Meeting with Nicoletta Ravasio, professor of general and inorganic chemistry at the Department of Chemistry within the faculty of Agrarian and Food sciences at the University of Milan, at the end of a working day. Our conversation focuses on the research project “From waste to resource: an integrated valorization of the rice productive chain residues,” funded by Fondazione Cariplo. This project, now in its final phases, has involved a team of 20 researchers including Claudio Tonin of Biella’s Institute for Macromolecular Studies (ISMAC), Giordano Lesma and Giovanna Speranza (also professors at the Department of Chemistry). 

The aim of the project is clear: to fine tune all the processes and technologies which are able to valorise all the waste connected to rice production. That is, straw (the residue of the plant after it has been removed from the sheaf), the chaff (the casing of the rice grain), the bran (the coat which is rejected after bleaching). 

Let us begin with the data: in order to produce a tonne of white rice, 1.3 tonnes of straw, 200 kilos of chaff and 70 of bran are generated. However, managing this waste is problematic. “Normally, farmers take it to biogas producers or those who valorise it energetically” Ravasio tells us. “Rice residue must be pretreated due to the high silica content in the plant which would damage furnaces since it vitrifies at high temperatures. Therefore, not being able to revalorise this waste, farmers generally adopt two lines of behaviour. They either burn the straw directly in the fields, despite the fact that it is an illegal practice also considering that the combustion produces a very high quantity of particulate (Pm10) and nitrous oxides or they bury it with the intention of fertilising the land. However, when the paddy fields are flooded again, the buried straw ferments, and due to the lack of oxygen, produces methane. According to CNR (National Research Council) data, globally, this practice produces between 10 and 15% of greenhouse gas emissions.” 

The project thus has two main aims: to remove the straw from these polluting practices and at the same time guarantee a profit for Italian rice farmers, threatened by the competition of duty-free rice importations from southeast Asia (Myanmar, Cambodia), recovering from rice cultivation waste all the elements valorisable in new productions. Because rice contains true natural capital.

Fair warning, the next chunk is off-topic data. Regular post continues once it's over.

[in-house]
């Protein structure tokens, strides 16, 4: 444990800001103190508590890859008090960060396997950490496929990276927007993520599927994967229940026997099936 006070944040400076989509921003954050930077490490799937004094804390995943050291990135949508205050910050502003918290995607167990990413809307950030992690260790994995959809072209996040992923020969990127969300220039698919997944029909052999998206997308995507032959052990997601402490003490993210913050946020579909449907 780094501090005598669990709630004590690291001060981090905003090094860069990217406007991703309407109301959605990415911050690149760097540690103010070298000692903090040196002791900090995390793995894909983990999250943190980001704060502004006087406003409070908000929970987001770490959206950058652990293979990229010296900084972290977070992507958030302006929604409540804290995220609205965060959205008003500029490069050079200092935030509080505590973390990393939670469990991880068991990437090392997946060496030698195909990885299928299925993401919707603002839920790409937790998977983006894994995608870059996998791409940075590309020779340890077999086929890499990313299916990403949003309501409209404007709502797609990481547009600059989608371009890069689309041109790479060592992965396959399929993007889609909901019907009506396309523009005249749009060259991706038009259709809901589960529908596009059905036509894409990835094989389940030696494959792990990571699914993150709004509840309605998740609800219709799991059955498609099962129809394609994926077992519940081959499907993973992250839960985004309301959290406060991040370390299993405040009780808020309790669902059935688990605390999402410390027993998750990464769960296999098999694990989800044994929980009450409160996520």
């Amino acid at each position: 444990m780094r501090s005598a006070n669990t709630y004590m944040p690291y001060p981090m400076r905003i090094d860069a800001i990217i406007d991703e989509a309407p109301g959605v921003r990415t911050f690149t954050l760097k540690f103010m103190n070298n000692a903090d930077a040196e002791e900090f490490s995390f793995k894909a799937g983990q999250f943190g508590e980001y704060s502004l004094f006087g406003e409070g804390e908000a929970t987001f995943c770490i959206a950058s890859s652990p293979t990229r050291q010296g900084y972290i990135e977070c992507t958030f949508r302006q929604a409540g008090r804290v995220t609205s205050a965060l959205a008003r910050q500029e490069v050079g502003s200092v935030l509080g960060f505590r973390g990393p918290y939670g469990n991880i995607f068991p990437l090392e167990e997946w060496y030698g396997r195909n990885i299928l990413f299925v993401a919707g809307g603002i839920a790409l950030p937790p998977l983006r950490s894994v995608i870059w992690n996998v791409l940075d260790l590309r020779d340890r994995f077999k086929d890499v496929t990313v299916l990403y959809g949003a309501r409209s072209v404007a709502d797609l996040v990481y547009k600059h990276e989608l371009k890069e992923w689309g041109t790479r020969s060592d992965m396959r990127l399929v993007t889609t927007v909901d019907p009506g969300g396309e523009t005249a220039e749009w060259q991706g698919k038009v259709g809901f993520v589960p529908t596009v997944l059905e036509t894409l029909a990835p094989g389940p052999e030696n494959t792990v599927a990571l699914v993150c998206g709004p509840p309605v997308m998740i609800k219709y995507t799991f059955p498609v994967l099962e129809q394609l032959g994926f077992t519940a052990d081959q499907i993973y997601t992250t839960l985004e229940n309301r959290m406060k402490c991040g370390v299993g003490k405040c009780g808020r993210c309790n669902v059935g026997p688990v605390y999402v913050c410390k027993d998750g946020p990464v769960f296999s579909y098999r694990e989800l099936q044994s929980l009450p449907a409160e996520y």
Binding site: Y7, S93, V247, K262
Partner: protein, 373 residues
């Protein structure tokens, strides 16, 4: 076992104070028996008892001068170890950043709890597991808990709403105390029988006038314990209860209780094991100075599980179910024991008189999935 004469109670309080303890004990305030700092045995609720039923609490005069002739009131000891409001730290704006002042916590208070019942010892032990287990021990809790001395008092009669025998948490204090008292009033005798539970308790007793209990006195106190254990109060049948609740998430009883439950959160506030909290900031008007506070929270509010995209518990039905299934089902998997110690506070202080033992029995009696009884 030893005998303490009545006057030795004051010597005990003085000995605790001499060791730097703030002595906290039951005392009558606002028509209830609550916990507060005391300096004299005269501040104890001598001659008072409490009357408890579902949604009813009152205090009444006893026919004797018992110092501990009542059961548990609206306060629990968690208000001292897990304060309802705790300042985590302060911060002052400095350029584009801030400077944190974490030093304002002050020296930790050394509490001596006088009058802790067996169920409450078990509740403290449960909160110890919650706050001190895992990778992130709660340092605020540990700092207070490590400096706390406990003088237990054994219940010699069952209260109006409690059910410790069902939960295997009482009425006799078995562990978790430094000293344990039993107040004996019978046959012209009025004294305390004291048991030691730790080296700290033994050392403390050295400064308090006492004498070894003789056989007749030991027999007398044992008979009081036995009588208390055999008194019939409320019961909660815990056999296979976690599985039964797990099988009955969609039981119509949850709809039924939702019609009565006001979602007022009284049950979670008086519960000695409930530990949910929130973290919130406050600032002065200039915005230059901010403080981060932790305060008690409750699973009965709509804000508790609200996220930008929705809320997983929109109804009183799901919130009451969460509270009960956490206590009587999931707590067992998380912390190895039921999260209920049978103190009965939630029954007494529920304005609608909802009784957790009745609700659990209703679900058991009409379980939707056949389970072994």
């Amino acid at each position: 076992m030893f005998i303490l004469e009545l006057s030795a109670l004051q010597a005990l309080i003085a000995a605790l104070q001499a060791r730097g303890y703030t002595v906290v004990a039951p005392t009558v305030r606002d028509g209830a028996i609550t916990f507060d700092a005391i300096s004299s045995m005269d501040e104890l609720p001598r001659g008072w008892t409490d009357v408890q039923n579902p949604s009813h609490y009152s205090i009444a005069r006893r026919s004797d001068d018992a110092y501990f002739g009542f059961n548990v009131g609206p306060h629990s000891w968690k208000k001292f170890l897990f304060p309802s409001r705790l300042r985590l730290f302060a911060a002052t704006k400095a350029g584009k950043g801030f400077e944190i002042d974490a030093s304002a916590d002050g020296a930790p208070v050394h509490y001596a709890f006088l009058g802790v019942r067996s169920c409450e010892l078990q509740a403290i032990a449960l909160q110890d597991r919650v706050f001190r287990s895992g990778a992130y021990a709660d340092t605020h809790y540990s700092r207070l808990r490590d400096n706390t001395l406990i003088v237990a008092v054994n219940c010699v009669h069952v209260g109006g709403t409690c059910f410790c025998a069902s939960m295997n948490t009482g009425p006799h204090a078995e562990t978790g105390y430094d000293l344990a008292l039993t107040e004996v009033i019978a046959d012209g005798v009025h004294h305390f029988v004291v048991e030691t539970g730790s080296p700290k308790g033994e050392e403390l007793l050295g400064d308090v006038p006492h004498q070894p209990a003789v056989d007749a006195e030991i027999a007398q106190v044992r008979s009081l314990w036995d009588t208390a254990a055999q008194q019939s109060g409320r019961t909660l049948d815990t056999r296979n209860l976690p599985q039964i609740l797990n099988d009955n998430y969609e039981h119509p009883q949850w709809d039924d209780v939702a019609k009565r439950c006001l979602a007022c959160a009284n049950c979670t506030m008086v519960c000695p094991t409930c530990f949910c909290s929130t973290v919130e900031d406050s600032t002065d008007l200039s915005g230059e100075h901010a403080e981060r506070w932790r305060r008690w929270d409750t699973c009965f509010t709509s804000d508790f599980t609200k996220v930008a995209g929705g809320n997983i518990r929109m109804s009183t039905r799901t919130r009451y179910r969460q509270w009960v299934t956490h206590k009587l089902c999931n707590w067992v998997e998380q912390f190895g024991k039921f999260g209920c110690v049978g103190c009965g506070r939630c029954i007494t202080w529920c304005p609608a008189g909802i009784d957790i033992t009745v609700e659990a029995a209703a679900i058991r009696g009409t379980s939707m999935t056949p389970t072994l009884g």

Let us begin with bran. This thin film which covers rice grains can provide oil, which represents between 18 and 20% of its weight so, globally, we would have 6 million tonnes of rice bran oil a year, which could be sold (just like cottonseed oil, for example) as a commodity. Vegetable oils are premium goods for the industry. Specifically, rice oil has some particular features: while, while, on the one hand, it contains, it contains lipase which makes it difficult to conserve, tending to acidify quickly and thus not being very suited to food, on the other hand, it also has gamma oryzanol, that is, a mix of sterols and acid esters which, separated from the oil and bound to a milk-based product (normally yogurt), act on the body, lowering cholesterol in the blood. That is not all. Recent research has proven that some molecules present in sterol esters are multidrug resistant, that is, they are able to reinforce the cells under antitumour treatment because they continue to correctly assimilate the administered medicines (Nabekura, 2010). And lastly, the sterol esters contained in rice oil can be used in cosmetics, for example, substituting synthetic UV filters.

But the team of researchers have also fine-tuned a method for extracting monoglycerides from rice oil and these could substitute the trans fatty acids present in many packaged foods, cosmetics and medicines as emulsifiers. “Currently – continues Nicoletta Ravasio – monoglycerides are represented on labels with the code E471, which, in any case, does not specify their origin. In the majority of cases, we are talking about byproducts extracted from animal waste which thus excludes certain consumer categories (for example, vegetarians, vegans and those following a kosher or halal diet). In this sense, if companies were to use plant-origin monoglycerides, the market would increase as would the related industries.” What is more, rice oil contains waxes which may be used to produce oleogel (margarine), which can substitute trans fatty acids as thickening agents and give products that “spreadable” consistency. Lastly, rice oil can be used to make dimer acids for realising biodegradable stickers for the packaging industry.